SPOKANE -- The Martin Luther King Jr. march made its way through downtown Spokane Monday morning without any issues. For some people, walking past the bench where a backpack bomb was planted two years ago is still fresh in their minds.
The second inauguration of President Barack Obama also elevated the meaning of the event. Many people planned their day so that they could enjoy both occasions. This year also marks the 50th anniversary of Doctors King's 'I Have a Dream' speech.
Each year has brought more attention and awareness to the local effort to honor a global icon. Among those in the crowd Monday were those who have followed the work of a civil rights pioneer for decades.
"I was in Selma, Alabama with Dr. King in 1965," said march organizer Etta Watkins. "It has been an important part of my life for some time."
But as the community took a step forward with each new march, they were still thinking about the effort by one man to hold back the message of event. An improvised explosive device was placed inside a backpack along the march route. It never went off. Spokane Police were able to contain the situation without disrupting the march. A federal judge sentenced Kevin Harpham of placing the bomb on the route to 32 years in prison. This year, the planned attack was still a concern for some in the march.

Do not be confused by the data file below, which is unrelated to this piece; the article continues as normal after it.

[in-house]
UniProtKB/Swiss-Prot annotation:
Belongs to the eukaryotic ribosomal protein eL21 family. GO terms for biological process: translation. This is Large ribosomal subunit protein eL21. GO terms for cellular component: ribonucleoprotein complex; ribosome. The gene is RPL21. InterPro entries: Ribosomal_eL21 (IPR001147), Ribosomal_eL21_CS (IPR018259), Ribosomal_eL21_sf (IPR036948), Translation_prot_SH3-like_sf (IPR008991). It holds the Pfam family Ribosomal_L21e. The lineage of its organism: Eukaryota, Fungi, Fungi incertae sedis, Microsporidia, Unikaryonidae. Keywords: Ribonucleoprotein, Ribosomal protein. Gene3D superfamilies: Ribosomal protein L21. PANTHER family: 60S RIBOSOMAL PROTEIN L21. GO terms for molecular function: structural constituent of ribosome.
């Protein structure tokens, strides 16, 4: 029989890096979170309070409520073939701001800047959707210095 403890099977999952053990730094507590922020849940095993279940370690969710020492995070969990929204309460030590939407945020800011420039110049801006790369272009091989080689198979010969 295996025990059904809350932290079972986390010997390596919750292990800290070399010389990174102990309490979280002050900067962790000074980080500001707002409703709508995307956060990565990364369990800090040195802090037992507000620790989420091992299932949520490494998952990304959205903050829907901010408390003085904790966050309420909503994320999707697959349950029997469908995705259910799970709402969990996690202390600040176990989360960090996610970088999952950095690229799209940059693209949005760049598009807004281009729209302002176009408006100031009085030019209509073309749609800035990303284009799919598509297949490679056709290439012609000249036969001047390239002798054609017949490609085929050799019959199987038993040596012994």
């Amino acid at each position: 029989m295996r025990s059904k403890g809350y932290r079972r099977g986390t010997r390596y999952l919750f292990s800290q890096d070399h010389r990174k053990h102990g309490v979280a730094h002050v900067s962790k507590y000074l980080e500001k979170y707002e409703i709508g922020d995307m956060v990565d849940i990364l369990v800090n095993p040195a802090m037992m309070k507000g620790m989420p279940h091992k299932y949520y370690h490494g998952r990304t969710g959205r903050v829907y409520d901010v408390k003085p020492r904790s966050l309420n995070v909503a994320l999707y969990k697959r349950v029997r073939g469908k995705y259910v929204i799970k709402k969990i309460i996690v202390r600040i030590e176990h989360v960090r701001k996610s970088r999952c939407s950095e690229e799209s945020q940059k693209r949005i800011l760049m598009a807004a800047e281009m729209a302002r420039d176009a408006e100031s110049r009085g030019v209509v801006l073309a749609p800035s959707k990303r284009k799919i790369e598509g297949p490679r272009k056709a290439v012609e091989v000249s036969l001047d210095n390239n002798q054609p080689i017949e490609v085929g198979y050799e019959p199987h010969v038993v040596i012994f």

"I thought about it but I think this cause is worth enough," said Jim Buford who participated in the march.
Others said they believe the incident not only helped to make the event more secure but also more of a success.